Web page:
The most recent addition to the complete review is our review of David Markson's new novel, Vanishing Point.
It's much like his two previous assemblage-works, Reader's Block and This is Not a Novel, not so much a continuation as more of the same (which ain't bad).
Interestingly, each of the three works was published by a different publisher: Dalkey Archive Press (who also brought out a number of Markson's earlier titles), Counterpoint, and now Shoemaker & Hoard.
The second jump isn't that surprising: Counterpoint-founder Jack Shoemaker moved on to start up yet another publishing house last year, and apparently took Markson with him.
Still, the lack of (publishing) continuity is a bit disorienting.
But, as long as the books are available, it shouldn't matter that much.
(Shoemaker & Hoard, which just started publishing last year, already has a pretty impressive group of authors.
Part of the diverse Avalon group, we hope they're very successful.
And we hope Counterpoint also manages to keep up the impressive record it's had in recent years.)
At the Wall Street Journal's OpinionJournal site yesterday Ray Bradbury considers Remembrance of Books Past (if you come to a page asking "everyone who reads Today's Featured Article to register for access to the article", feel free to invent the requested information -- giving a fake e-mail address is surely preferable to giving a real one (and works just as well)).
(Updated: As first seen at Maud Newton, a slightly different version of this piece is also available at The Scotsman.)
Bernard Berenson apparently suggested a Fahrenheit 451-sequel to Bradbury, in which: "all the great books are remembered by the Wilderness People and are finally reprinted from memory" -- anticipating that most would, of course, be largely misremembered.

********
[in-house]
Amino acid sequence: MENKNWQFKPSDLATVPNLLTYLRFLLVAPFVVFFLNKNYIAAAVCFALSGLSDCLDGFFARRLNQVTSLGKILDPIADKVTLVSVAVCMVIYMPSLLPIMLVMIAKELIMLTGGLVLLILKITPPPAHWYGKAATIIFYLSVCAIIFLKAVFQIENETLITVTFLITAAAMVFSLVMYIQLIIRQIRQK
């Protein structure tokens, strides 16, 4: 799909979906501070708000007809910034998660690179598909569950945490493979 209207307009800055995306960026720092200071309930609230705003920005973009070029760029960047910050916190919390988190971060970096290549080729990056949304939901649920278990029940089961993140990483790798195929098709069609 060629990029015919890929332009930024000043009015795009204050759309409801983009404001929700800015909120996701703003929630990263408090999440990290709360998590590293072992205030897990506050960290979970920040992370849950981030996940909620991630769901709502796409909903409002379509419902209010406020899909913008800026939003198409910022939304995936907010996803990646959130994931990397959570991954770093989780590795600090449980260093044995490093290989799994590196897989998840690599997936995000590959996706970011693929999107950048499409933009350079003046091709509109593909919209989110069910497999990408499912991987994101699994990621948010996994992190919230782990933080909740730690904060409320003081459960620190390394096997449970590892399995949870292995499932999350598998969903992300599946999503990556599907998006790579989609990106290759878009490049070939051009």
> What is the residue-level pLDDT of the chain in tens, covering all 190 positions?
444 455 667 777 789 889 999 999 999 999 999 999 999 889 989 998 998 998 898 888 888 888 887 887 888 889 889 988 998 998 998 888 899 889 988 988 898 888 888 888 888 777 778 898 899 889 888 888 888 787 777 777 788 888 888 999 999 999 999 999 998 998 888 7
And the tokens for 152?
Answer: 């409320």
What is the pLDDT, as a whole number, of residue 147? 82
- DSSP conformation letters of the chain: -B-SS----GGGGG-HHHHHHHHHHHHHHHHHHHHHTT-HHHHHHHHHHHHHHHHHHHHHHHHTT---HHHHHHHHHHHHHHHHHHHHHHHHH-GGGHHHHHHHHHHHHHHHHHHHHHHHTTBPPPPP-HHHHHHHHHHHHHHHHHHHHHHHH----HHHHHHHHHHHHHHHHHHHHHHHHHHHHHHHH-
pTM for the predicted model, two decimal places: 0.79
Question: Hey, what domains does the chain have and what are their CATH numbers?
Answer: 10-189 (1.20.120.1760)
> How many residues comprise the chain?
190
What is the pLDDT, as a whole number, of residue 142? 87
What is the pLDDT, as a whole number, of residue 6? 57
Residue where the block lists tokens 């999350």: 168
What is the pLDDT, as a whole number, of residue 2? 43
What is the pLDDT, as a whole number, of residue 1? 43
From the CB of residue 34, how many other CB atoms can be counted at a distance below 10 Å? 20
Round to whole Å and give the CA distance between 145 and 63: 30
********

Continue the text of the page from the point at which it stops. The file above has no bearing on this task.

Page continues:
Bradbury couldn't write the sequel, but is still intrigued by the idea, and suggests the parlour-game version:
List your 10 favorite novels, and, in great detail, outline their plots, then renew your acquaintance with these to find out how you have scarred, beautified or mutilated those incredible books.
What a pastime for all of us in the near future.
As we've mentioned previously (here and elsewhere), the Bernardo Bertolucci film-adaptation of Gilbert Adair's novel, The Holy Innocent (see our review), The Dreamers is now out (in limited release in the US -- in NY and LA -- as well as in the UK).
There's also an official site (but be warned: it's Flash (which we have no patience for, so we have no idea what the site offers)).
For those interested in the reviews, check out those at:
A few days ago we mentioned the effect (or lack thereof) of the most prestigious French literary awards on sales.
Now, Le Monde (5 February) offers a more in-depth look at book sales in France in 2003, Les ventes de fiction perdent du terrain.
Among the depressing statistics: the incredible decline of fiction out of total sales:
2001: 64.6 %
2002: 61.5 %
2003: 56.0 %